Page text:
The Impact of Beacon Technology In Retail

By 28th April 2016 August 13th, 2019 Retail Outlet, Uncategorised
Mike Crooks Headshot

At a time when change is taking place at lightning speed across the retail landscape it has never been more important for those in the industry to learn from others and share what is important in today’s ever evolving society.

Retail Outlet aims to do just that as it brings together a host of innovative and pioneering organisations – whether brands or suppliers – who believe the forum will provide a vital springboard from which they will be able to provide better experiences for their customers.

It is a forward thinking concept that is unsurprisingly being embraced by those in attendance. After all, being open to fresh ideas and being ahead of the times is something all the participants of the event have in common. “I’m very much looking forward to being part of the Retail Outlet,” says Mike Crooks, Head of Innovation at Mubaloo, an award winning mobile consultancy and app developer that works across a range of sectors for clients such as Samsung, Aviva and London’s Air Ambulance.

The Onus On Collaboration

“This concept of a consortium is a good one. The whole ecosystem is massive and companies need to be collaborating while having their own focus but working towards creating the best solutions.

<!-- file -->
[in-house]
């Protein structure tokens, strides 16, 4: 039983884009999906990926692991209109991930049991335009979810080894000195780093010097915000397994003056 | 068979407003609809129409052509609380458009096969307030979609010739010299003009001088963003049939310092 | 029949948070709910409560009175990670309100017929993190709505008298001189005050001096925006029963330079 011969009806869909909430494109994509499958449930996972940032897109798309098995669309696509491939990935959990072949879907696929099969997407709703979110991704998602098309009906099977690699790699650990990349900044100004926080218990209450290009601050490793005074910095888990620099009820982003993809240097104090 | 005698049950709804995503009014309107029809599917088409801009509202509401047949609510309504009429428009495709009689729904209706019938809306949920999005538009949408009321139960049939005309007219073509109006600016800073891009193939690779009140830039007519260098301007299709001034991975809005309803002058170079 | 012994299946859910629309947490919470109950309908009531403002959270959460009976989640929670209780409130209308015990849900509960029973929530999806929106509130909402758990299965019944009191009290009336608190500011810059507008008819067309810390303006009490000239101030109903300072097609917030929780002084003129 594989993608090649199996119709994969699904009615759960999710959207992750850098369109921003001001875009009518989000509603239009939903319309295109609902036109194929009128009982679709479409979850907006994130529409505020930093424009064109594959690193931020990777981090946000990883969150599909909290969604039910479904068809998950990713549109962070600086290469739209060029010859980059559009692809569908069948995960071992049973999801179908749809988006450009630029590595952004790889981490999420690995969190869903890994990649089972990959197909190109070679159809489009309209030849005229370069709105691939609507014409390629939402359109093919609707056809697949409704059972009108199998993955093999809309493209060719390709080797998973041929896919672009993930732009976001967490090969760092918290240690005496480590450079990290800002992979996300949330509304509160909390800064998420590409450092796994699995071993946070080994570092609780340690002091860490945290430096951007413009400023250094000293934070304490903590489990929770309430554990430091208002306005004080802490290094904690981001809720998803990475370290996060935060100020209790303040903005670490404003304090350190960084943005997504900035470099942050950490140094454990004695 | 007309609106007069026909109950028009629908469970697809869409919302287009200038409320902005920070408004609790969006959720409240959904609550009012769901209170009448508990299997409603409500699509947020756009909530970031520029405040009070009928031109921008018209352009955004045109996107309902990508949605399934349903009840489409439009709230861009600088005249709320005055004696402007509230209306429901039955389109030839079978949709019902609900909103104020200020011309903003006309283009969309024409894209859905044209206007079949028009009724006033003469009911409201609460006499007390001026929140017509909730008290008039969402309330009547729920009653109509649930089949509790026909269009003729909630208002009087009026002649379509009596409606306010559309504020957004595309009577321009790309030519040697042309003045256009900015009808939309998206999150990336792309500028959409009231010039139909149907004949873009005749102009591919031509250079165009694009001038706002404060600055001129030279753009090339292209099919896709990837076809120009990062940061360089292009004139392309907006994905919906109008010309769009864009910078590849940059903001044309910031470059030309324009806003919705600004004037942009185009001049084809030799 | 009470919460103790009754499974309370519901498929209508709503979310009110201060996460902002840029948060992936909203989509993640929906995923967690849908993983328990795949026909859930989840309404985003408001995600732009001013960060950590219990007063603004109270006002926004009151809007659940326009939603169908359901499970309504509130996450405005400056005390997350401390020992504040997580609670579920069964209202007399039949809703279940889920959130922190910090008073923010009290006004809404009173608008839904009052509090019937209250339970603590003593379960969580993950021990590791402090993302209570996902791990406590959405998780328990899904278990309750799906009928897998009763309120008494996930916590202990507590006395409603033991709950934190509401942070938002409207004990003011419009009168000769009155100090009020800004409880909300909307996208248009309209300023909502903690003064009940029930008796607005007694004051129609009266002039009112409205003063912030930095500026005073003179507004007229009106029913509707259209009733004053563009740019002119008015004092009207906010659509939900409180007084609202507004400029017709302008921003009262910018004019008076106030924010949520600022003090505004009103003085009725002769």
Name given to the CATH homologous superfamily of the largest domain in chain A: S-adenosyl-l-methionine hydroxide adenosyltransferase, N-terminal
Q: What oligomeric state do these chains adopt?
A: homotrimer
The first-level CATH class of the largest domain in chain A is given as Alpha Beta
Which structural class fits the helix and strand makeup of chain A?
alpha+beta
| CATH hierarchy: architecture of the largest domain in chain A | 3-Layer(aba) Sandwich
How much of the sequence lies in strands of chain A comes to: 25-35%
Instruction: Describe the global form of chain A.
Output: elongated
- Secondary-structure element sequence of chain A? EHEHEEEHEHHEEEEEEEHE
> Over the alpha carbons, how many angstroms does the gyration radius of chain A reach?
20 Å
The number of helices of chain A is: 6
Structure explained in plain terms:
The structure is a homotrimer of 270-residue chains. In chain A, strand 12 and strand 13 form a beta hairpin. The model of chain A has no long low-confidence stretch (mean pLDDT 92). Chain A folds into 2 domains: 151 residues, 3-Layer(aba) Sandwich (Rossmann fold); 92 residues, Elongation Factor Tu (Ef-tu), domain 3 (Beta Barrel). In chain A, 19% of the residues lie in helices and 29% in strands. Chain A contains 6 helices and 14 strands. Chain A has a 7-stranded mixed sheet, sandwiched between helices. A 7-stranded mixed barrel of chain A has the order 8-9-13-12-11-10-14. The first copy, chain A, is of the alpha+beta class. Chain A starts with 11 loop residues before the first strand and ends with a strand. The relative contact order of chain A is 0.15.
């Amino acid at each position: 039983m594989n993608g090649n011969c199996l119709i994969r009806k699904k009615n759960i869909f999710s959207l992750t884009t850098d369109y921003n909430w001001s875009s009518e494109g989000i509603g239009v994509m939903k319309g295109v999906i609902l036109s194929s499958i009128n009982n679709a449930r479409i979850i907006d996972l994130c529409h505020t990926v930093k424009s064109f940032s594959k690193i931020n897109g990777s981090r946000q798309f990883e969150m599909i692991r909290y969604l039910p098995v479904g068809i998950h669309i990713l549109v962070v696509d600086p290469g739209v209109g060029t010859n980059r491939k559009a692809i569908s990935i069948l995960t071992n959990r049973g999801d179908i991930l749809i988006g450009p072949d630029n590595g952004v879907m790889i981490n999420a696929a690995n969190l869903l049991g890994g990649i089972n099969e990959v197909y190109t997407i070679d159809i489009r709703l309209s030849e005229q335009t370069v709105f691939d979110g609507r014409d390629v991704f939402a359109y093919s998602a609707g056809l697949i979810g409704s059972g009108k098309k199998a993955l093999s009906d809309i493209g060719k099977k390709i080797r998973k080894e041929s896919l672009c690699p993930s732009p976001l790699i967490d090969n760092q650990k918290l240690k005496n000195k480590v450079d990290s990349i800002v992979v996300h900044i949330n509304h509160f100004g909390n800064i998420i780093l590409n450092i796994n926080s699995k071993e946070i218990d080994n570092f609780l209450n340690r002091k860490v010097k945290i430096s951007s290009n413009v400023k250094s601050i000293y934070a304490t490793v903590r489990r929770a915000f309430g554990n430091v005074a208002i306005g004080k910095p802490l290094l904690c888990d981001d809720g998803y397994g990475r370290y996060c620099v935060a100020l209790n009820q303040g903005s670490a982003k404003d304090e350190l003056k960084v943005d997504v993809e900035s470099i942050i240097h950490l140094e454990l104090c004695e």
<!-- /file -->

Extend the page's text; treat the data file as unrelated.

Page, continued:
“We’re at the early stages with this but there are compelling reasons for brands and retailers to do events like these. The more we do, the better they will become and the more it will grow.”

Being at the cutting-edge is nothing new to Mike, who since joining Mubaloo over two years ago has seen big strides with their development of apps for beacon technology that was introduced by Apple in 2013.

The Beacon Technology Landscape

The low-cost, location based technology that offers highly targeted content saw a slow uptake by users to begin with but is now coming into its own as retailers begin to realise its power.

It means that mobile devices with compatible apps can listen for signals from Beacons and react accordingly. So, for example, if someone is walking past a shop the Beacon technology may ping with an offer code on your phone for that particular store with the aim of enticing you in.

Such technology has potentially huge consequences for retailers, with it having the possibility to drive more customers into bricks and mortar shops as they look to take advantage of offers, therefore, encouraging a comeback of this form of retail against e-commerce.

“We have clients that are now looking to use Beacon to add a further layer to what they do which they hope will get people to visit their venues,” Mike says. “Beacon has now become more of a company wide thing and is a layer on top of the mobile position – with it something that can pop into a consumer’s hand.

“People have picked up on this idea as being the golden goose for retailers and marketers with it showing where someone is and delivering relevant content. It’s an opt-in technology, so you choose to receive the content.”

How We Use

He continues: “We use the technology in a two-fold way. Firstly, you can use it to know that someone is in a given area which means you can be more targeted with your content through the app.